Bidding Farewell to Archbishop and Metropolitan-Emeritus Stephen Sulyk (1924-2020)

Monday, 13 April 2020, 14:54
With natural sadness but also with Paschal hope the Philadelphia Archeparchy bids farewell to Metropolitan-Emeritus Stephen Sulyk. As a priest and bishop, he was a dedicated minister of the Lord in the Archeparchy for 65 years since his priestly ordination in 1955. We thank God for his life and raise prayers of gratitude for his service. The coronavirus pandemic, to which evidently the Archbishop succumbed at the age of 95, does not allow us to come together for the funeral. Thus, we are called to unite in prayer and spirit from our homes. When the danger for our clergy and faithful passes we will celebrate a requiem in which all can participate.
In the name of our deceased Metropolitan, I thank all the bishops, clergy, religious, and faithful that worked with him over the many decades of his service in America. He is grateful to all of you, as he himself expressed during the joyful, warm celebration of his 95th birthday in October held at the Cathedral of the Immaculate Conception. He appreciated the collegiality shown by Roman Catholic bishops, clergy and communities, as well as the fellowship shared with our Orthodox brothers and sisters. He valued the decades of cooperation with various community organizations.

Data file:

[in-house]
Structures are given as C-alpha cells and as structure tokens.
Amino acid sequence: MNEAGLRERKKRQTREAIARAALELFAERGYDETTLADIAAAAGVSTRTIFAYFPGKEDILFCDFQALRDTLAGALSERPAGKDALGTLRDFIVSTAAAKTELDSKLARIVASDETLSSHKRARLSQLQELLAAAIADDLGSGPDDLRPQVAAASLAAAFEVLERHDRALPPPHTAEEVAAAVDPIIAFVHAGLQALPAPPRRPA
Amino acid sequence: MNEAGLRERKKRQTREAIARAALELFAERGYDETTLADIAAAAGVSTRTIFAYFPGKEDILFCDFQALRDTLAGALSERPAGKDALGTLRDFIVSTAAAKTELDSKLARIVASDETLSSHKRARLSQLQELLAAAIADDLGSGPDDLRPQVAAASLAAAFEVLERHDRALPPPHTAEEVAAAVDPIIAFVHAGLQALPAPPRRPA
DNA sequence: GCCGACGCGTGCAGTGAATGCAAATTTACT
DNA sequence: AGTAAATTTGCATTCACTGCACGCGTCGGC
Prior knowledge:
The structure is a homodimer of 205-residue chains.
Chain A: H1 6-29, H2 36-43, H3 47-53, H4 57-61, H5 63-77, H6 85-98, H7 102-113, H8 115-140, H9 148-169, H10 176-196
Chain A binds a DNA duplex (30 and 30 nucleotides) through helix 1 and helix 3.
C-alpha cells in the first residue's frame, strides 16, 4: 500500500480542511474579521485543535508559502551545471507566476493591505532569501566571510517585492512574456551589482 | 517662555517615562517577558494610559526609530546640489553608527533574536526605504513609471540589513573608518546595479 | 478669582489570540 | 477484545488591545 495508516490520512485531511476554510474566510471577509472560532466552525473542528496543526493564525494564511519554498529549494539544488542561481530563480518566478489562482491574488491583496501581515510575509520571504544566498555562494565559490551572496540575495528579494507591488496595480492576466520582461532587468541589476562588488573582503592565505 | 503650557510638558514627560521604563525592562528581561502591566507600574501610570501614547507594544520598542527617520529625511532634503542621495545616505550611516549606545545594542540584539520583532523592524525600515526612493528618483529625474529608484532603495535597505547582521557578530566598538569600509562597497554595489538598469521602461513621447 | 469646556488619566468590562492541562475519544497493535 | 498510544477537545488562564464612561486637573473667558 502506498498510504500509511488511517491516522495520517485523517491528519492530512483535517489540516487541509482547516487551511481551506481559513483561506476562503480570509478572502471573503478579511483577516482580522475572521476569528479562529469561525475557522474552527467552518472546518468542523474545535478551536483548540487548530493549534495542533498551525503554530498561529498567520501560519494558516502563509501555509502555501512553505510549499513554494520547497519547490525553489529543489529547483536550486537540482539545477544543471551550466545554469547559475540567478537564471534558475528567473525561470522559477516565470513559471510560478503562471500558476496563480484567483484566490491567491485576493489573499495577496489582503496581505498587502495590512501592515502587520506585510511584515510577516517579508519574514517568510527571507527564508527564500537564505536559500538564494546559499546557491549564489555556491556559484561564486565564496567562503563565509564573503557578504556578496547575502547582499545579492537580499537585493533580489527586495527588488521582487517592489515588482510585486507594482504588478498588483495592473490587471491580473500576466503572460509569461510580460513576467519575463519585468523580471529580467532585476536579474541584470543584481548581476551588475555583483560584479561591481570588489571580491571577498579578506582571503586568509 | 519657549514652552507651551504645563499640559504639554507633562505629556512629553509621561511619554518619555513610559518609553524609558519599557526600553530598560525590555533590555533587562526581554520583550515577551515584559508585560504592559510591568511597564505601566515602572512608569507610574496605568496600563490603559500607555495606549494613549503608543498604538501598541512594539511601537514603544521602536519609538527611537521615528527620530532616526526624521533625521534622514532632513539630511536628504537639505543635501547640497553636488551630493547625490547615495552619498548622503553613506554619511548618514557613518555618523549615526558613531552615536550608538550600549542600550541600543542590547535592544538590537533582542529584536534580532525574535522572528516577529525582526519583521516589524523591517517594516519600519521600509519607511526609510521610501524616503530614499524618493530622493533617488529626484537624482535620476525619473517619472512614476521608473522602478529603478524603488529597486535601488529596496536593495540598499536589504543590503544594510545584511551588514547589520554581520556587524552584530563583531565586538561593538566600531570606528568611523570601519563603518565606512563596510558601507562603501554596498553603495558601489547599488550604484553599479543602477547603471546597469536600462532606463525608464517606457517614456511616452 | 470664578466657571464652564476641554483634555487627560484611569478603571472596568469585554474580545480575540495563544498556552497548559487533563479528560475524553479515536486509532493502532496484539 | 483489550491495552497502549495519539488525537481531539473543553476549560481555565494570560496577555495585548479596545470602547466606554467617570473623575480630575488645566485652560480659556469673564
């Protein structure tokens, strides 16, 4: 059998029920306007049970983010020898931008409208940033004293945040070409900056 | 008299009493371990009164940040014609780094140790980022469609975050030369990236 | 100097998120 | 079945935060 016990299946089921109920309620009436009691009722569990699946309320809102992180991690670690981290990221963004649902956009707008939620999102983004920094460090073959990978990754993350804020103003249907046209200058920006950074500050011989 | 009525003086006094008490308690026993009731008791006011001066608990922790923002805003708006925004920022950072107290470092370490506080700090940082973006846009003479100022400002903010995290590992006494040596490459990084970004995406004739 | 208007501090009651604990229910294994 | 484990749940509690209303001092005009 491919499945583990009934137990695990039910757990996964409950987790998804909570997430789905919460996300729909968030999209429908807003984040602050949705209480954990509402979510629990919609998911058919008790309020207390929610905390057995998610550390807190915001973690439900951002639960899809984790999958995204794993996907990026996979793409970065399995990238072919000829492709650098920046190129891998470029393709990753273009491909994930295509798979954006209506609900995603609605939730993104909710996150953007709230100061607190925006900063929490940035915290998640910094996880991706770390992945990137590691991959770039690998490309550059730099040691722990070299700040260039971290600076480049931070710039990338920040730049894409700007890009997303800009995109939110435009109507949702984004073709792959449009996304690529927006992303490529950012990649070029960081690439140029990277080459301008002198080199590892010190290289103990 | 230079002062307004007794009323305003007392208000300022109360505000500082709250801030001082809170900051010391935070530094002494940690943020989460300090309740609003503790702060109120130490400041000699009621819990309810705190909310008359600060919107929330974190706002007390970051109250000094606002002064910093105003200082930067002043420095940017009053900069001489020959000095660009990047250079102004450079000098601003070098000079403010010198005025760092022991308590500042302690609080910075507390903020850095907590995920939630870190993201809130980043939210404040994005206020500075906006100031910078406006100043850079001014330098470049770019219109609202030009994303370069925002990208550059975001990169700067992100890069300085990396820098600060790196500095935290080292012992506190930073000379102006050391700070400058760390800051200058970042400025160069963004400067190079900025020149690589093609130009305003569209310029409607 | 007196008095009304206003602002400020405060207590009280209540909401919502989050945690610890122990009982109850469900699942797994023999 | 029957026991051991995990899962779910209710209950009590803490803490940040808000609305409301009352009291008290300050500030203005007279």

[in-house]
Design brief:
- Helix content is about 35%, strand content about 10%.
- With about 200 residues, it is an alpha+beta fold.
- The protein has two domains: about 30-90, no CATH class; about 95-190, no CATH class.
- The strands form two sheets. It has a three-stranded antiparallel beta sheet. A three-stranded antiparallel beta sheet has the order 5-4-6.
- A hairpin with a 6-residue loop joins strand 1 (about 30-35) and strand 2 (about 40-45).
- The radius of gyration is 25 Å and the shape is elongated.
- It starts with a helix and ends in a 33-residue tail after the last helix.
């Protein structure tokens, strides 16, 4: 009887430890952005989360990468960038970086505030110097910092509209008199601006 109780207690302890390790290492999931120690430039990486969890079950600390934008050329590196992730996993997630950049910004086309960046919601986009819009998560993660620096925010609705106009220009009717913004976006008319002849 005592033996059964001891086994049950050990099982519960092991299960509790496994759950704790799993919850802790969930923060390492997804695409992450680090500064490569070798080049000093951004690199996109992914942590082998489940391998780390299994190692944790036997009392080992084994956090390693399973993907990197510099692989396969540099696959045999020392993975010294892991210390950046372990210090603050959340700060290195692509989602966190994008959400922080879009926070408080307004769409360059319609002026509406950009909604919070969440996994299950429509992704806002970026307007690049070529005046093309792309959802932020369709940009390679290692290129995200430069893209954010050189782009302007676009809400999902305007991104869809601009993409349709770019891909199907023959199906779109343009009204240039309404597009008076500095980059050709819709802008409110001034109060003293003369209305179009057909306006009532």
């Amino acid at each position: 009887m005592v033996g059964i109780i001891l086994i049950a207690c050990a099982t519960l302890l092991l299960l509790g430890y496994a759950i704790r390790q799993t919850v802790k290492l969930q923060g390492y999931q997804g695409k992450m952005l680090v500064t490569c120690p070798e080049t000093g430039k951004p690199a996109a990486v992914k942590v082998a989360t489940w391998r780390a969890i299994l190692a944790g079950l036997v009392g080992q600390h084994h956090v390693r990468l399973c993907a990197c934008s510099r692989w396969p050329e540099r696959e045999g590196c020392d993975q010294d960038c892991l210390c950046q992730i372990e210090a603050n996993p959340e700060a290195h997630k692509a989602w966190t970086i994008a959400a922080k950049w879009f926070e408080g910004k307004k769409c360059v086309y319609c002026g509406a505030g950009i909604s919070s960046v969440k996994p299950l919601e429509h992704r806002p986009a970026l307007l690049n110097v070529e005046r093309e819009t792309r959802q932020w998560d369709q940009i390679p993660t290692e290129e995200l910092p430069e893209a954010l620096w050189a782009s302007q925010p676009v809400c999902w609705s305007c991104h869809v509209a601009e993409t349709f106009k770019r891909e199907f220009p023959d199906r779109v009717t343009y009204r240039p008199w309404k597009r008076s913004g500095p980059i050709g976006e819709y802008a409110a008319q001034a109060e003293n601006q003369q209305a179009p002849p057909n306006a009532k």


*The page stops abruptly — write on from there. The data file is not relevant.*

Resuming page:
We are most grateful for the services and kindnesses rendered to the Metropolitan by Ukrainian and Roman Catholic chaplains, religious, and laypersons during the two decades of his retirement. Especially I would like to thank Carol and Michael Nunno for the genuine friendship and singular service that you offered to Archbishop Stephen. Your solicitude was outstanding. Father James King, chaplain at St. Mary’s Villa, ministered daily to the Metropolitan for many years. Archbishop Stephen was comforted and comfortable at St. Mary’s Villa. We thank all the staff and co-residents for their care and kindness. May the Lord reward all of you a hundredfold and fill your loss with His Resurrected presence. We express condolences to Frank Stec, Lidia Devonshire, Theresa Nord, Donna Sauchuk, Steve Boyduy, Stephen Stec, Kristin Magar, Lauren Stec, Jordan Stec, and to all members of the Metropolitan’s extended family. We thank God you could be with him in October. Our expressions of sympathy are ever more heartfelt given that you cannot participate in the funeral on Easter Monday.